Acclaimed for its deft blending of fantasy, psychology, and archetype, The Wild Mother is a brilliant depiction of the Wild Woman and those who would enslave her out of fear. Its protagonist is Lilith, predecessor of Eve who fled Eden for the woman-inhabited wilderness called the Empty Land. While returning to our own world to claim the 10-year-old daughter she was forced to abandon, Lilith is taken prisoner by Adam Underwood, the child's father. Her liberation by two others Adam has enslaved -- his blindly devoted colleague, Eva, and his still spirited mother -- forms the crux of this powerful reinterpretation of the myth of female destiny.
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Cunningham (The Return of the Goddess, 1992--not reviewed) offers a contemporary feminist fairy tale in which Lilith--far from being the evil, demonized child-stealer of the Judeo-Christian tradition--proves to be the archetypal Wild Mother without whose influence the modern-day family of Adam and Eva cannot be truly human or happy. An immortal race of women, all direct descendants of Lilith-- by tradition, the biblical Eve's successor and Adam's first rebellious wife--lives in wild communion with nature in the uncharted Empty Land. The modern Adam, a charismatic professor of alchemy and magic, once ventured into their realm, captured himself a Lilith-wife and brought her back to modern civilization, where, before escaping, she gave birth to a daughter, Ionia, and--unheard of for one of her race--a son. When the novel opens, the children's thoroughly domesticated human grandmother (``Grammar''--who ``had not a very high opinion of nature and considered herself at war with it,'' feeling that ``nature ought to at least obey its own laws if it would not obey hers'') runs the household; Adam exploits his devoted colleague Eva while pursuing intellectual projects, advancing his coldly calculating male ambitions and scheming to trap his erstwhile wife, the unvanquished, essentially unknowable Lilith. Since Lilith has always wanted to reclaim her daughter, the ten-year-old Ionia becomes Adam's bait--leading to Lilith's captivity, Ionia's having to choose between being wild or human, and transformative experiences for one and all. Cunningham is not just jumping on the bandwagon to run with wolves; here, she gracefully blends the mythical and magical with the humane. -- Copyright ©1993, Kirkus Associates, LP. All rights reserved.From Publishers Weekly:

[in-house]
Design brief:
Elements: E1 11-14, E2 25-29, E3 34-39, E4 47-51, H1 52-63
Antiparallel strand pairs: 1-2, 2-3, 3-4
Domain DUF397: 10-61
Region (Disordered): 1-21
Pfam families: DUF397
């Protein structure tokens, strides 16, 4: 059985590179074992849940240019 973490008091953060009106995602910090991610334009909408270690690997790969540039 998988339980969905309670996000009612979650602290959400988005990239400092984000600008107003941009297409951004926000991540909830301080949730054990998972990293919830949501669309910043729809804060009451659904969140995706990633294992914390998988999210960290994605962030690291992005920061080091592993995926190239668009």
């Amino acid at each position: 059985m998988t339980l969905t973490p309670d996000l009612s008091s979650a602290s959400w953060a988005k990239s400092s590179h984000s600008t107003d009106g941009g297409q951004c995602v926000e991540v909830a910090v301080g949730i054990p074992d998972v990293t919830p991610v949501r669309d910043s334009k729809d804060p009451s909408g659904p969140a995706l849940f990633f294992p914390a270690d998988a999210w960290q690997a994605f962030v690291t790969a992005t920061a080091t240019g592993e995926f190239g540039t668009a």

Captivating archetypal characters dramatize the everyday magic of self-discovery in a work as intriguing as Cunningham's previous novel, The Return of the Goddess . Alchemy professor Adam Underwood lives with his mother and his children in a walled mansion ringed by the mysterious "Empty Land," a region inhabited by the descendents of Lilith, the first woman. One of those descendants, also named Lilith, is the mother of Adam's children, and the professor plans to use their daughter to re-possess her. Lilith is caught in Adam's trap and begins to die; though immortal, she cannot survive captivity. The series of events triggered by this wild mother's imprisonment changes all of the characters forever; Cunningham's simple, powerful narrative shows them growing believably and inevitably as a result of the choices they and others make. Like most fables, the story has a moral: self-knowledge is life and growth; all of us spend far too little time pursuing it. Though not without flaws--Adam's complete blindness to the wild mother's needs being one of them--this is a beguiling tour de force.
Copyright 1993 Reed Business Information, Inc.
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Book Description Station Hill Press, 1993. Hardcover. Book Condition: New. Bookseller Inventory # P110882681478
Book Description Station Hill Press. Hardcover. Book Condition: New. 0882681478 New Condition. Bookseller Inventory # NEW6.0582878
Book Description Station Hill Press, 1993. Hardcover. Book Condition: New. book. Bookseller Inventory # 0882681478